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Archive for the tag “diplomacy”

The Triple Crisis Shaking The World

More than just a public-health disaster, the COVID-19 pandemic is a history-defining event with far-reaching implications for the global distribution of wealth and power. With economies in free-fall and geopolitical tensions rising, there can be no return to normal: the past is passed, and only the future counts now.

Read Here – Project Syndicate

Bullied by Beijing, America’s Closest Allies Regret Saying ‘Yes’ To China

The era of cooperation with China may be over soon. Australia, Britain, Canada, and New Zealand are beginning to regret saying “yes” to China’s strategic overtures. The leaders, once eager to assert a little independence from their often-overbearing superpower ally, now find themselves aligning with the United States…

Read Here – Foreign Policy

Mao’s ‘Smile’, Nixon’s ‘Frown’: What Modi Can Learn From Indira’s Mistakes In Befriending China

Chairman Mao Zedong, accompanied by Premier Zhou Enlai, shook hands with the guests. But when he came to Mishra, Mao conveyed an unexpected message: “We cannot keep on quarrelling like this. We should try and be friends again.  India is a great country. Indian people, are good people. We will be friends again someday”. Mishra replied: “We are ready to do it today”. Then Mao said: “Please convey my message of best wishes and greetings to your President and your Prime Minister.”

Read Here – The Wire

To Stand Up To China, India Must First Boost Its Economy

India’s ability to project power abroad, protect its homeland, and assemble and sustain meaningful partnerships depends on the capacity of India’s political leaders to quickly and competently get its economy back on track. The foreign policy crisis consuming the government of Indian Prime Minister Narendra Modi in the wake of the border clash—as real and raw as it might be—cannot be resolved unless India first fixes its economic emergency.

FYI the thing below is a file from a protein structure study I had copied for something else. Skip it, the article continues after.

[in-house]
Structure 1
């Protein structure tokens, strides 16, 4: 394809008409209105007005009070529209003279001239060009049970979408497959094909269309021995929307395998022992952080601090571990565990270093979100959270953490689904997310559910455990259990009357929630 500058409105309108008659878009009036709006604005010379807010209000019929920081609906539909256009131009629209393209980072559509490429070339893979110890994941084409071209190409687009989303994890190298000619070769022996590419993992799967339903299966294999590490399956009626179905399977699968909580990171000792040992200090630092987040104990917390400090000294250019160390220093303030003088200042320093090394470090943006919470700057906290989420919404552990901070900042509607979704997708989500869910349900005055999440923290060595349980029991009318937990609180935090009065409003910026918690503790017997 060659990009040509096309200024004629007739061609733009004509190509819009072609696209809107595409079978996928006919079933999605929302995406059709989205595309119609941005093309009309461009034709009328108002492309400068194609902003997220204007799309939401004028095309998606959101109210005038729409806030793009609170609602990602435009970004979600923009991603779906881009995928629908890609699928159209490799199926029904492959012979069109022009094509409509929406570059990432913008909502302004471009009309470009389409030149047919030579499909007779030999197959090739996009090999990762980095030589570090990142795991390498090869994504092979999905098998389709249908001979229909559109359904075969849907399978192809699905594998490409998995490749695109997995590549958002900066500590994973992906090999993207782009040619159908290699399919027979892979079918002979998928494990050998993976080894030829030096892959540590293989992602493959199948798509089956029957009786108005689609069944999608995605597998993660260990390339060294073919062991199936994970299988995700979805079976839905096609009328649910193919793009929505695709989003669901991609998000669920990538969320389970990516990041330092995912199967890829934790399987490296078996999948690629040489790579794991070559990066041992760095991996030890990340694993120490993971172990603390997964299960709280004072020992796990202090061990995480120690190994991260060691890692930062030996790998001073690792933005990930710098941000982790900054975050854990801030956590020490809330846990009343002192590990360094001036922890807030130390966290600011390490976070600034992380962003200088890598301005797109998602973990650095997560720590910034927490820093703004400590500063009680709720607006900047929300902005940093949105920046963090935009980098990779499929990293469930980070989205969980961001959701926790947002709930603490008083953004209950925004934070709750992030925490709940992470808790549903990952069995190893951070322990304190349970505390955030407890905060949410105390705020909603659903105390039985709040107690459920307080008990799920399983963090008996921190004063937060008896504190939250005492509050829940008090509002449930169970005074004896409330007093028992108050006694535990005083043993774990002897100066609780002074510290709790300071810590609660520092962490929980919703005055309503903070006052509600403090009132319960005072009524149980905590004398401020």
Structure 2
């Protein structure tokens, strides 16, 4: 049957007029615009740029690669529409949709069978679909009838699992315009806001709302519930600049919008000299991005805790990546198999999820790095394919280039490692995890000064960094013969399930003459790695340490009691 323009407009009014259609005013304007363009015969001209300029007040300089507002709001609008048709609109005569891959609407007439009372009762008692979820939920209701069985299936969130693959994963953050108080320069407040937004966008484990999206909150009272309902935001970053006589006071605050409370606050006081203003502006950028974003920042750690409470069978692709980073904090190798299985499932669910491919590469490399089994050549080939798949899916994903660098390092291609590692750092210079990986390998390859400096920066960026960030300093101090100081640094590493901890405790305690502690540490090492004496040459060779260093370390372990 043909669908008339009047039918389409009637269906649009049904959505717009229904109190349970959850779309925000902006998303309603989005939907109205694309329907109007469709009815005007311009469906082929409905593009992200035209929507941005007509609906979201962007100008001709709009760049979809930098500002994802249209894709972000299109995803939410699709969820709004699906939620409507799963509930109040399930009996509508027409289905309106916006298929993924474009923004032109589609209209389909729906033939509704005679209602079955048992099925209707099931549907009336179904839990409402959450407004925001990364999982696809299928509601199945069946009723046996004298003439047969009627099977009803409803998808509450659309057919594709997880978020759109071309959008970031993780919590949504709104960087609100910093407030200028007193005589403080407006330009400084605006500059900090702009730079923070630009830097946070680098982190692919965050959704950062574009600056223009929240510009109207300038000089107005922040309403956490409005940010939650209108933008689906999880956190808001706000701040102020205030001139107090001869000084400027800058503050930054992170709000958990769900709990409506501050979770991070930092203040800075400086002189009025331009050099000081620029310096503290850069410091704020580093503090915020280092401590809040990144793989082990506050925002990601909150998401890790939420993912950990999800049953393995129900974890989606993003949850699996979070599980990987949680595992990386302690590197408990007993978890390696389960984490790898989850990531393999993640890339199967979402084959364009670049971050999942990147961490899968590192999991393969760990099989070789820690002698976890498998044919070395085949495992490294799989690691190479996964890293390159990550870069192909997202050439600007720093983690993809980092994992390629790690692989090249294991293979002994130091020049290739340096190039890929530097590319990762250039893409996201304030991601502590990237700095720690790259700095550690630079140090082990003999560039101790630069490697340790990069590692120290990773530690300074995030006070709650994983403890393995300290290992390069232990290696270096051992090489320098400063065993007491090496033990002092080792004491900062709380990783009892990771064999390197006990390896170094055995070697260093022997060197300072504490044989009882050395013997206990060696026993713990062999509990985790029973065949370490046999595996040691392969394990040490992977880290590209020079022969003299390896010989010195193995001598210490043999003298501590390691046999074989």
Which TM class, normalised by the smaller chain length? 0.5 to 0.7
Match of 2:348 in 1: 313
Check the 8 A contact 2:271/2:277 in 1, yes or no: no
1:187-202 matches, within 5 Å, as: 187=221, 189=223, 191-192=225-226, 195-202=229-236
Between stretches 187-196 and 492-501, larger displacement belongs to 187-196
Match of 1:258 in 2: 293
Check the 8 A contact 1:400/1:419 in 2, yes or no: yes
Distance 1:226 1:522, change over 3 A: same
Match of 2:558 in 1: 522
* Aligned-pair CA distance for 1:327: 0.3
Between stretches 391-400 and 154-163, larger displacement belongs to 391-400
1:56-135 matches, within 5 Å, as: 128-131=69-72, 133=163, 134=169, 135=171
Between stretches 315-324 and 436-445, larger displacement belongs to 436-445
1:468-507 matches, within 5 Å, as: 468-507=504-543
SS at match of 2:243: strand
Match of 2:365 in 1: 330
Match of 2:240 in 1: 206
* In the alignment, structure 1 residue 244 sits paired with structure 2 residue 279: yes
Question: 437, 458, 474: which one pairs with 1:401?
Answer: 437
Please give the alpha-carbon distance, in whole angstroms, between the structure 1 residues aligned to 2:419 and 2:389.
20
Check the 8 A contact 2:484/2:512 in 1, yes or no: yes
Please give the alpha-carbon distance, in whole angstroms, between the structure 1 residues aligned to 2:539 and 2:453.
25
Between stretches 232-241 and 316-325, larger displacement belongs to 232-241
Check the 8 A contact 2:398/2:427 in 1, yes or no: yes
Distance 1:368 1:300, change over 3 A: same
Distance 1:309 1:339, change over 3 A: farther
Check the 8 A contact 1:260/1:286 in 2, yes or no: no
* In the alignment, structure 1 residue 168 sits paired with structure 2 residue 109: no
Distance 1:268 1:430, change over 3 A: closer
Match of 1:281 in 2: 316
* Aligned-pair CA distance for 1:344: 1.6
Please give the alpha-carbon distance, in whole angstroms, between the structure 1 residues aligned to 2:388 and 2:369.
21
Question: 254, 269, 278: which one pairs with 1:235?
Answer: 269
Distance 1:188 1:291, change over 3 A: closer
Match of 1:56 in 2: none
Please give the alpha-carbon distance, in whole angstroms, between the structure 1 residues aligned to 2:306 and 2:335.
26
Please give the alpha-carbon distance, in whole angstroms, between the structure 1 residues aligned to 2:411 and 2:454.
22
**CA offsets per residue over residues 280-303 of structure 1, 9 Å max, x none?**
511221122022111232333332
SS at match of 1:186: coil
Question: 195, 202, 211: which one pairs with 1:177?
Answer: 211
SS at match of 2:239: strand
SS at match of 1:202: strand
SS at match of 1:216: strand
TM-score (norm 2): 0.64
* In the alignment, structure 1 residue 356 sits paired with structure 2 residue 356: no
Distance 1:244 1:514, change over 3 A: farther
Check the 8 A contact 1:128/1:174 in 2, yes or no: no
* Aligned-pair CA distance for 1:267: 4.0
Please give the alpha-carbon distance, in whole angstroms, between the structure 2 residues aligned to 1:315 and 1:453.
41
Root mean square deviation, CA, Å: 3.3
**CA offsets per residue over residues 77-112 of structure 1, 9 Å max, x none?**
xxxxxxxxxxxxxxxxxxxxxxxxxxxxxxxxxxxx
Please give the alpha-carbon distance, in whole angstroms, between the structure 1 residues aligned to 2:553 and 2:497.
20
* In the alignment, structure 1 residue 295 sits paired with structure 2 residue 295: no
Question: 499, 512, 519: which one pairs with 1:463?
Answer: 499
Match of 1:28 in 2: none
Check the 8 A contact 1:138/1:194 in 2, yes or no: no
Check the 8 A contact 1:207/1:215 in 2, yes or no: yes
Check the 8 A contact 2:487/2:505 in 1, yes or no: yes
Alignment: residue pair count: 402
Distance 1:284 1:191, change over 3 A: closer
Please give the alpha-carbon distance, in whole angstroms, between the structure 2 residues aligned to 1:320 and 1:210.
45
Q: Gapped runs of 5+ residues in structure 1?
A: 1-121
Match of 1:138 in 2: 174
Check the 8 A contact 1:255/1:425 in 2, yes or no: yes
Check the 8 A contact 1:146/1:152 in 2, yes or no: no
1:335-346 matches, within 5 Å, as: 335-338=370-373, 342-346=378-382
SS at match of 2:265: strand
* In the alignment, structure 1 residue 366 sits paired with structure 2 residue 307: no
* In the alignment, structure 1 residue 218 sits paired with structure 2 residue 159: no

Read Here – CEIP

Also Read: For India, Economic Growth Is No Substitute For Grand Strategy

China And India’s Deadly Border Dispute: Why We Should Worry

The border dispute is a reflection of a deeper problem: the underlying, deep-rooted mistrust and hostility between China and India, each feeling insecure about the other nation’s growing economic and military power. The two countries, with a combined population of more than 2.8 billion people, both have nuclear weapons, strong nationalist leaders, and growing nationalist voices that demand “tough” actions and counter actions.

Read Here – National Review

The China “Constrainment” Doctrine

Liberal democracies must defend their belief in a global order based on credible international agreements and the rule of law. So, although democratic governments should be prepared to offer China incentives for good behavior, they must be prepared to deter bad behaviour vigorously.

Read Here – Project Syndicate

India Is Paying The Price For Neglecting Its Neighbours

As India manages the fallout from its deadly clash with China last week—the first border skirmish in which there were troop fatalities since 1975—it would do well to take a step back and assess its broader regional situation. And if it does so, New Delhi would realise that its problems are by no means limited to Beijing: India’s relations with each of its neighbours are in shambles.

Read Here – Foreign Policy

China’s Art Of War In Sri Lanka

China’s amplified efforts to bolster relations with Sri Lanka have shifted the global order and left the United States grasping for straws to maintain its global prestige and relationship with the island nation.

Read Here – The National Interest

Corona And Bioterrorism: How Serious Is The Threat?

The novel coronavirus pandemic has put the threat of bioterrorism back in the spotlight. White supremacist chat rooms are teeming with talk about “biological warfare.” ISIL even called the virus “one of Allah’s soldiers” because of its devastating effect on Western countries.

Read Here – WarOnTheRocks

Who’s Running The World

One thing the Covid-19 pandemic has laid bare is an absence of global leadership. This time the G20 has done little beyond a rhetorical pledge to “do whatever it takes” and supporting debt-repayment suspension for poor countries. America, which led global campaigns to defeat HIV/AIDS and Ebola, has been absorbed in its internal arguments. And the UN Security Council has confirmed its dysfunctionality.

Read Here – The Economist

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